With war threatening at their border, their oil production facilities working near peak capacity to meet worldwide demand and international petroleum prices forced up by the intensifying Persian Gulf crisis, what are motorists in Saudi Arabia paying now for gasoline?

The same 55 cents a gallon that they paid before Iraq's army invaded and captured neighboring Kuwait -- in fact, the same price they have paid for years, as gasoline prices in many countries bounced up and down in response to a variety of international pressures and anxieties.

While Americans are paying about $1.30 a gallon for gasoline -- and grumbling about it -- Germans pay $3.04 a gallon, Japanese $4.18 and Italians $5.30.

But wait. Mexicans are paying only 90 cents, Colombians 65 cents and Soviets about 25 cents. And big American gas-guzzlers are still the car of choice in Saudi Arabia.

What's going on?

Taxes, subsidies and political decisions, that's what.

While the intrinsic value of crude oil and the costs of pumping it, refining it into gasoline, transporting it and marketing it play a role in determining its cost at the pump, the biggest role is played by each country's government. It decides whether to subsidize the price and keep it low for consumers, or to take the opportunity to tax them -- a little or a lot.

As a result, according to a survey by Washington Post foreign correspondents of the most popular variety of gasoline in countries around the world, things like these have happened:

Japan's high gasoline price includes a tax of $1.60 per gallon, more than the total cost of a gallon in many countries, and Germany's tax is $1.42 a gallon. By comparison, the price per gallon in the United States includes a federal tax of only 14.1 cents and an average state tax of 16.8 cents.

Poland's price of $1.99 a gallon is almost 2 1/2 times what it was just a year ago. The reasons, in addition to the gulf crisis: The Polish government decided to end costly subsidies to motorists, and the Soviet Union, which had long supplied oil to its Warsaw Pact allies at a generous discount, has cut its deliveries and raised its prices.

In Bulgaria, which has not yet made the tough political decision to end subsidies, the official price is still 55 cents a gallon -- but no gasoline is available to private purchasers.

Canada's price per gallon is now about $2, reflecting the recent imposition of a 7 percent value-added tax that has many Canadians more riled than anything that has happened in the Persian Gulf.

Brazilians now pay $1.66 a gallon for gasoline, but the prospect that a gulf war might drive oil prices up farther doesn't bother Leda Soares, a motorist interviewed in Rio de Janeiro last week. "My car runs on alcohol!" she said. So do 4 million other cars in Brazil, which has the world's largest alternative fuel program.

The government of India, where gasoline has gone up 25 percent during the gulf crisis to $3 a gallon, has begun a billboard campaign for conservation, to save money by reducing oil imports. The signs show a little man being crushed by a barrel of oil he is struggling to carry, and the slogan is: "Save Oil -- Save India!"

Most of the countries with low retail prices are producers that pump more than they need. Saudi Arabia is the world's biggest exporter, and other net exporters include China, Colombia and the Soviet Union. In Moscow, gasoline sells for 1.48 rubles a gallon, roughly equivalent to 25 cents, at the most commonly used exchange rate -- but one that does not clearly reflect the true financial impact in a country where wages are a fraction of those in industrialized nations with free-market economies.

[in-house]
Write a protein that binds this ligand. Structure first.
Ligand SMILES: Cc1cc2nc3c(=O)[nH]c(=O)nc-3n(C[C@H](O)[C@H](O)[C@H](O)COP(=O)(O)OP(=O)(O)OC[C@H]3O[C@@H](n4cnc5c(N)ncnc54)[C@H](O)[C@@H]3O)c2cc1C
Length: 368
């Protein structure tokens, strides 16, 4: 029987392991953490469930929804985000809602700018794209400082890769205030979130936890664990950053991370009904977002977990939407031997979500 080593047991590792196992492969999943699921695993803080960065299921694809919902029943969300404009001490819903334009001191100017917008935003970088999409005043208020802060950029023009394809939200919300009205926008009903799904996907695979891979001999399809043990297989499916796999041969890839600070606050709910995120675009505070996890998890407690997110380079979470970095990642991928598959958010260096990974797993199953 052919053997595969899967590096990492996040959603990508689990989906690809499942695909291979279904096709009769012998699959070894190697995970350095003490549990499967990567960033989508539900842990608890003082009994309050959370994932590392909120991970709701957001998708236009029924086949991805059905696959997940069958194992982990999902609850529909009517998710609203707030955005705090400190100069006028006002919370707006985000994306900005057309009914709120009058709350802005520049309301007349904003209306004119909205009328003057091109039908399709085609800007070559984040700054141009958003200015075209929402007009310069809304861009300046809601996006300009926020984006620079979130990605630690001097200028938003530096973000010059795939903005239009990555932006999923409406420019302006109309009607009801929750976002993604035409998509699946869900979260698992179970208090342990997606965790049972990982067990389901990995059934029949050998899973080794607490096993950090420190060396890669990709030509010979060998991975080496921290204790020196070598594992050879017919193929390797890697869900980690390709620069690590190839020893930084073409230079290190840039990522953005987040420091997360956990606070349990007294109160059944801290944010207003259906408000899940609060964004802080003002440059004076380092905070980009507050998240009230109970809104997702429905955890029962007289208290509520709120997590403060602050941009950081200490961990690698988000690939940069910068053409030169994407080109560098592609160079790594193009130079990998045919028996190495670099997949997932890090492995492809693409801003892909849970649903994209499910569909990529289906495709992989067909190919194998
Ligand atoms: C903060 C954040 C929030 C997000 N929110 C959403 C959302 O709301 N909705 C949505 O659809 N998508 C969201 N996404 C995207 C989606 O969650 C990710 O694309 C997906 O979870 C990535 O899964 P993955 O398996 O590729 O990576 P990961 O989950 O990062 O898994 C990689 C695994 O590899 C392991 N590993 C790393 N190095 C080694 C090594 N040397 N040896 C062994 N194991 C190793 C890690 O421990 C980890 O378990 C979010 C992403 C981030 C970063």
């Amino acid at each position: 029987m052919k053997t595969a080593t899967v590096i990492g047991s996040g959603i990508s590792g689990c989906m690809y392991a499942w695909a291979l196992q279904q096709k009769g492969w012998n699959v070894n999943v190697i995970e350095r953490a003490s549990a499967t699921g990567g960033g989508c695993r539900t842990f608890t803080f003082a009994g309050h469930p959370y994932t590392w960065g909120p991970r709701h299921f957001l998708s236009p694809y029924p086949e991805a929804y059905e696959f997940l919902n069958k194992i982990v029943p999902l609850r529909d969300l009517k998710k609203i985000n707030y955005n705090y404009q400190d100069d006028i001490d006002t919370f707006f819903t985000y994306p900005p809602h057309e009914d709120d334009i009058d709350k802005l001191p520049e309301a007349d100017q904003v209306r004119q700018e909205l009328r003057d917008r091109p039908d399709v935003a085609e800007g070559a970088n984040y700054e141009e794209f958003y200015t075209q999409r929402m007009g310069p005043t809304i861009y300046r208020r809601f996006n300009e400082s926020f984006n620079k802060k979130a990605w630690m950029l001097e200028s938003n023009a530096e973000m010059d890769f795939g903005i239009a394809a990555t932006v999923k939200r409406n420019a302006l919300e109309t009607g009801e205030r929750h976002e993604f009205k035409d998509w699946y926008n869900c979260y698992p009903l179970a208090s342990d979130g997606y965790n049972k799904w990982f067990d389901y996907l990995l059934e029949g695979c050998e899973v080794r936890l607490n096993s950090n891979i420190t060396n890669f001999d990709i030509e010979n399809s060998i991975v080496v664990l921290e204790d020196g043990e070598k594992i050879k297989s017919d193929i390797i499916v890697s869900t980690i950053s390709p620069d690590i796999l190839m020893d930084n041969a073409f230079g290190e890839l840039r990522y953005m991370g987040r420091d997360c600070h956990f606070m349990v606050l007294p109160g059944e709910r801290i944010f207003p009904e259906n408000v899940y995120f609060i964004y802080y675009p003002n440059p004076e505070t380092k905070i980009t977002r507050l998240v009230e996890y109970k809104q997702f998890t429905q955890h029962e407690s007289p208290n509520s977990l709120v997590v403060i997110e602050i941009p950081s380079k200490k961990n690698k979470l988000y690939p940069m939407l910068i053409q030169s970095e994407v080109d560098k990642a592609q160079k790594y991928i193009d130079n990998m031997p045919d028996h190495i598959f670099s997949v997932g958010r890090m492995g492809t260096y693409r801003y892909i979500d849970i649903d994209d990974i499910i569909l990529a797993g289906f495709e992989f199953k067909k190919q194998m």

Vastly differing living standards and salary levels can complicate many of the cost comparisons, however. Japan's affluent drivers, for example, may find it easier to pay $4 a gallon than Kenyans do to pay $2.45. Still, while the price has risen 30 percent in Kenya in the past four months, "the people still come," said John Mwangi, a manager of the Irera Caltex station in Nairobi, "but I think they buy less."

A service station's "service" plays a role in pricing, too. That $4.18-a-gallon gasoline sale in Tokyo is carried out by a team of four attendants in neckties and jumpsuits. They check tires and oil, wash windows and polish chrome, and then bow and shout, "Thank you, honored customer," as each car pulls out. Even South Africa's $1.98-a-gallon gasoline price includes the services of a cyclone of attendants.

Although their own government's taxes often account for half of the cost of the gasoline they buy, however, motorists around the world can blame a variety of other villains.

"The price is absolutely too high," Austrian businessman Wilhelm Weckbecker said in Vienna. "This is not due to the invasion of Kuwait. There is enough oil. The consumers are being manipulated by the oil companies."

At a gas station in central Paris, chief attendant Patrick Lefebvre grumbled that his suppliers' "storage containers are full to the limit. They don't know where to put it anymore. There's plenty of reserves. It's just the suppliers who are taking millions of dollars of advantage of the market."

In fact, world oil producers have more than made up the 4.3 million barrels a day that were lost when embargoes were placed on Iraqi and Kuwaiti oil, according to studies by the U.S. Energy Department, the International Energy Agency and several private firms.

In a suburb of Johannesburg, sales clerk Scipho Mbiliwi, 26, who was driving an ancient Mazda that he said "may be older than me," fretted that another price increase would force him to go back to riding the bus.

Others, however, take the increased prices in stride, and maybe even see a benefit in them.

Makato Uchiya, 24, cheerfully paid the $45 to fill the tank of his bright red Toyota Bluebird at a station in Tokyo. "Before Kuwait it cost me a little less," he said, "but no big deal."